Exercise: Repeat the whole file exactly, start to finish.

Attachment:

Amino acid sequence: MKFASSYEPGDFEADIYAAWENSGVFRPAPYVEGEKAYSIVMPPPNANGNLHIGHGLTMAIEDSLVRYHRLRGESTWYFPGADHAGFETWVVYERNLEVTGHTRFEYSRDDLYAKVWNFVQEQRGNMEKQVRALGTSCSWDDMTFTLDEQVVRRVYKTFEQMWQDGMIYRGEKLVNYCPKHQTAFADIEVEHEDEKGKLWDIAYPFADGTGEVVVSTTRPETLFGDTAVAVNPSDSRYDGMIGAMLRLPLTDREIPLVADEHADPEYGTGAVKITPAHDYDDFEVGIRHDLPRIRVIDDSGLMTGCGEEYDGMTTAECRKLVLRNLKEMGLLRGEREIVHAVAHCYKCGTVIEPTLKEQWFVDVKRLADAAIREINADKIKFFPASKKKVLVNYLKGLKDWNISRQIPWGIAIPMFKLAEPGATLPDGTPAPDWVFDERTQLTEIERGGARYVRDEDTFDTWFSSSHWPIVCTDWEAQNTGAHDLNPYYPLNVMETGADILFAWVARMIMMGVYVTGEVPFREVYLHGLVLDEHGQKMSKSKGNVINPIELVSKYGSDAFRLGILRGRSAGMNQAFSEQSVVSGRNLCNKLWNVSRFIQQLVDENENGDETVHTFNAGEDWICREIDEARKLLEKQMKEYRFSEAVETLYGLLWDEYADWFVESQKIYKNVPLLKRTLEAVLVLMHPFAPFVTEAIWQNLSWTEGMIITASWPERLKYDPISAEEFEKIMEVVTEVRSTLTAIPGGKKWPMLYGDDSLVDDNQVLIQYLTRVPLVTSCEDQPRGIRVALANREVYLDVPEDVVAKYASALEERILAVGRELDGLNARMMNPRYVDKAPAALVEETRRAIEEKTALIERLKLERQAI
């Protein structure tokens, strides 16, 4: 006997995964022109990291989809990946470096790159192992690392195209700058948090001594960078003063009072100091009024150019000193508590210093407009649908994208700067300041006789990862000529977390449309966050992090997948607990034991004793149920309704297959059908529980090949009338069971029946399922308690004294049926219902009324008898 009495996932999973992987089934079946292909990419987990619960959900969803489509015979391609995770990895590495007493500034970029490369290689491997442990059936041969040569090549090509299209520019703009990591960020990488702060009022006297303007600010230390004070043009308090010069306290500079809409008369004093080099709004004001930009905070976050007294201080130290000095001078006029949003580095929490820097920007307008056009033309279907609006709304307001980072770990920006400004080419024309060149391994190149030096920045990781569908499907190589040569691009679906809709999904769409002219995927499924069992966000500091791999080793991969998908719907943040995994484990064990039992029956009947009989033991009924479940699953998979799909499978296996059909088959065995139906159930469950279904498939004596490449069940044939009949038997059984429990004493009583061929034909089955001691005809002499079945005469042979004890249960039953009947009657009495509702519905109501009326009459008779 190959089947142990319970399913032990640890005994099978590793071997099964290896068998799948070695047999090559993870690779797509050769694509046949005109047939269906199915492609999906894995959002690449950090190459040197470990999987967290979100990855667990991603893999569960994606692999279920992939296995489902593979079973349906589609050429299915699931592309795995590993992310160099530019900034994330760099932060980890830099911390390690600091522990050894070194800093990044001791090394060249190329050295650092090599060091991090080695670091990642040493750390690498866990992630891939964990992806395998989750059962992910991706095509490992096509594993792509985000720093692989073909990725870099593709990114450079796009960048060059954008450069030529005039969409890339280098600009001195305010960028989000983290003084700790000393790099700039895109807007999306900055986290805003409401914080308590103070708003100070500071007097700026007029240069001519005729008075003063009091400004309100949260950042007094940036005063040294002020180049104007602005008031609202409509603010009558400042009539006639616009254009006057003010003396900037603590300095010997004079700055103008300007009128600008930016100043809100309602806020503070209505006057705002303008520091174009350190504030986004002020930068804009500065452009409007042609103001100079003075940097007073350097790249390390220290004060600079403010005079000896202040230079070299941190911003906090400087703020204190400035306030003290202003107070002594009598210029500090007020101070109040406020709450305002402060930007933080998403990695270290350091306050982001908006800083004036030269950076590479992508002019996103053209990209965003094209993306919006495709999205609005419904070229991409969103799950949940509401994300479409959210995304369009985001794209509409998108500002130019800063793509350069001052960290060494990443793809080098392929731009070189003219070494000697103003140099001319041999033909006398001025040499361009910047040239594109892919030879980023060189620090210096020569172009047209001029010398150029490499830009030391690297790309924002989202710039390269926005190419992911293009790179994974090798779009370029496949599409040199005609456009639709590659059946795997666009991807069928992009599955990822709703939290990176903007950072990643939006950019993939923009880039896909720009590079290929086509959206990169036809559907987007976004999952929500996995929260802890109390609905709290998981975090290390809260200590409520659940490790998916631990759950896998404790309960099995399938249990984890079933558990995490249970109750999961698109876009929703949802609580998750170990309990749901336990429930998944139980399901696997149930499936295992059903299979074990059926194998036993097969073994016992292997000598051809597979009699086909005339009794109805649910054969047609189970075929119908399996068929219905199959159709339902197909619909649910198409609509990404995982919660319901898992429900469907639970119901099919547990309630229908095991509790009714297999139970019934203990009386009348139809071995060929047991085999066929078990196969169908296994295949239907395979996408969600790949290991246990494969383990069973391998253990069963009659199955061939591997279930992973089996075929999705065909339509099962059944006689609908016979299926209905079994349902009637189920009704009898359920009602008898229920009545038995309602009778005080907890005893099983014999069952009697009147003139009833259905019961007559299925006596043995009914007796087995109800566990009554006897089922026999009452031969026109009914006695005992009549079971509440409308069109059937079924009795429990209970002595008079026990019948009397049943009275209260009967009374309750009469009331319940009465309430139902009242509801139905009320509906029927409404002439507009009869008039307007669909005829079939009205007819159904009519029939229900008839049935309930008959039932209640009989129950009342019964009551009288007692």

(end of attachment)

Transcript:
Amino acid sequence: MKFASSYEPGDFEADIYAAWENSGVFRPAPYVEGEKAYSIVMPPPNANGNLHIGHGLTMAIEDSLVRYHRLRGESTWYFPGADHAGFETWVVYERNLEVTGHTRFEYSRDDLYAKVWNFVQEQRGNMEKQVRALGTSCSWDDMTFTLDEQVVRRVYKTFEQMWQDGMIYRGEKLVNYCPKHQTAFADIEVEHEDEKGKLWDIAYPFADGTGEVVVSTTRPETLFGDTAVAVNPSDSRYDGMIGAMLRLPLTDREIPLVADEHADPEYGTGAVKITPAHDYDDFEVGIRHDLPRIRVIDDSGLMTGCGEEYDGMTTAECRKLVLRNLKEMGLLRGEREIVHAVAHCYKCGTVIEPTLKEQWFVDVKRLADAAIREINADKIKFFPASKKKVLVNYLKGLKDWNISRQIPWGIAIPMFKLAEPGATLPDGTPAPDWVFDERTQLTEIERGGARYVRDEDTFDTWFSSSHWPIVCTDWEAQNTGAHDLNPYYPLNVMETGADILFAWVARMIMMGVYVTGEVPFREVYLHGLVLDEHGQKMSKSKGNVINPIELVSKYGSDAFRLGILRGRSAGMNQAFSEQSVVSGRNLCNKLWNVSRFIQQLVDENENGDETVHTFNAGEDWICREIDEARKLLEKQMKEYRFSEAVETLYGLLWDEYADWFVESQKIYKNVPLLKRTLEAVLVLMHPFAPFVTEAIWQNLSWTEGMIITASWPERLKYDPISAEEFEKIMEVVTEVRSTLTAIPGGKKWPMLYGDDSLVDDNQVLIQYLTRVPLVTSCEDQPRGIRVALANREVYLDVPEDVVAKYASALEERILAVGRELDGLNARMMNPRYVDKAPAALVEETRRAIEEKTALIERLKLERQAI
């Protein structure tokens, strides 16, 4: 006997995964022109990291989809990946470096790159192992690392195209700058948090001594960078003063009072100091009024150019000193508590210093407009649908994208700067300041006789990862000529977390449309966050992090997948607990034991004793149920309704297959059908529980090949009338069971029946399922308690004294049926219902009324008898 009495996932999973992987089934079946292909990419987990619960959900969803489509015979391609995770990895590495007493500034970029490369290689491997442990059936041969040569090549090509299209520019703009990591960020990488702060009022006297303007600010230390004070043009308090010069306290500079809409008369004093080099709004004001930009905070976050007294201080130290000095001078006029949003580095929490820097920007307008056009033309279907609006709304307001980072770990920006400004080419024309060149391994190149030096920045990781569908499907190589040569691009679906809709999904769409002219995927499924069992966000500091791999080793991969998908719907943040995994484990064990039992029956009947009989033991009924479940699953998979799909499978296996059909088959065995139906159930469950279904498939004596490449069940044939009949038997059984429990004493009583061929034909089955001691005809002499079945005469042979004890249960039953009947009657009495509702519905109501009326009459008779 190959089947142990319970399913032990640890005994099978590793071997099964290896068998799948070695047999090559993870690779797509050769694509046949005109047939269906199915492609999906894995959002690449950090190459040197470990999987967290979100990855667990991603893999569960994606692999279920992939296995489902593979079973349906589609050429299915699931592309795995590993992310160099530019900034994330760099932060980890830099911390390690600091522990050894070194800093990044001791090394060249190329050295650092090599060091991090080695670091990642040493750390690498866990992630891939964990992806395998989750059962992910991706095509490992096509594993792509985000720093692989073909990725870099593709990114450079796009960048060059954008450069030529005039969409890339280098600009001195305010960028989000983290003084700790000393790099700039895109807007999306900055986290805003409401914080308590103070708003100070500071007097700026007029240069001519005729008075003063009091400004309100949260950042007094940036005063040294002020180049104007602005008031609202409509603010009558400042009539006639616009254009006057003010003396900037603590300095010997004079700055103008300007009128600008930016100043809100309602806020503070209505006057705002303008520091174009350190504030986004002020930068804009500065452009409007042609103001100079003075940097007073350097790249390390220290004060600079403010005079000896202040230079070299941190911003906090400087703020204190400035306030003290202003107070002594009598210029500090007020101070109040406020709450305002402060930007933080998403990695270290350091306050982001908006800083004036030269950076590479992508002019996103053209990209965003094209993306919006495709999205609005419904070229991409969103799950949940509401994300479409959210995304369009985001794209509409998108500002130019800063793509350069001052960290060494990443793809080098392929731009070189003219070494000697103003140099001319041999033909006398001025040499361009910047040239594109892919030879980023060189620090210096020569172009047209001029010398150029490499830009030391690297790309924002989202710039390269926005190419992911293009790179994974090798779009370029496949599409040199005609456009639709590659059946795997666009991807069928992009599955990822709703939290990176903007950072990643939006950019993939923009880039896909720009590079290929086509959206990169036809559907987007976004999952929500996995929260802890109390609905709290998981975090290390809260200590409520659940490790998916631990759950896998404790309960099995399938249990984890079933558990995490249970109750999961698109876009929703949802609580998750170990309990749901336990429930998944139980399901696997149930499936295992059903299979074990059926194998036993097969073994016992292997000598051809597979009699086909005339009794109805649910054969047609189970075929119908399996068929219905199959159709339902197909619909649910198409609509990404995982919660319901898992429900469907639970119901099919547990309630229908095991509790009714297999139970019934203990009386009348139809071995060929047991085999066929078990196969169908296994295949239907395979996408969600790949290991246990494969383990069973391998253990069963009659199955061939591997279930992973089996075929999705065909339509099962059944006689609908016979299926209905079994349902009637189920009704009898359920009602008898229920009545038995309602009778005080907890005893099983014999069952009697009147003139009833259905019961007559299925006596043995009914007796087995109800566990009554006897089922026999009452031969026109009914006695005992009549079971509440409308069109059937079924009795429990209970002595008079026990019948009397049943009275209260009967009374309750009469009331319940009465309430139902009242509801139905009320509906029927409404002439507009009869008039307007669909005829079939009205007819159904009519029939229900008839049935309930008959039932209640009989129950009342019964009551009288007692």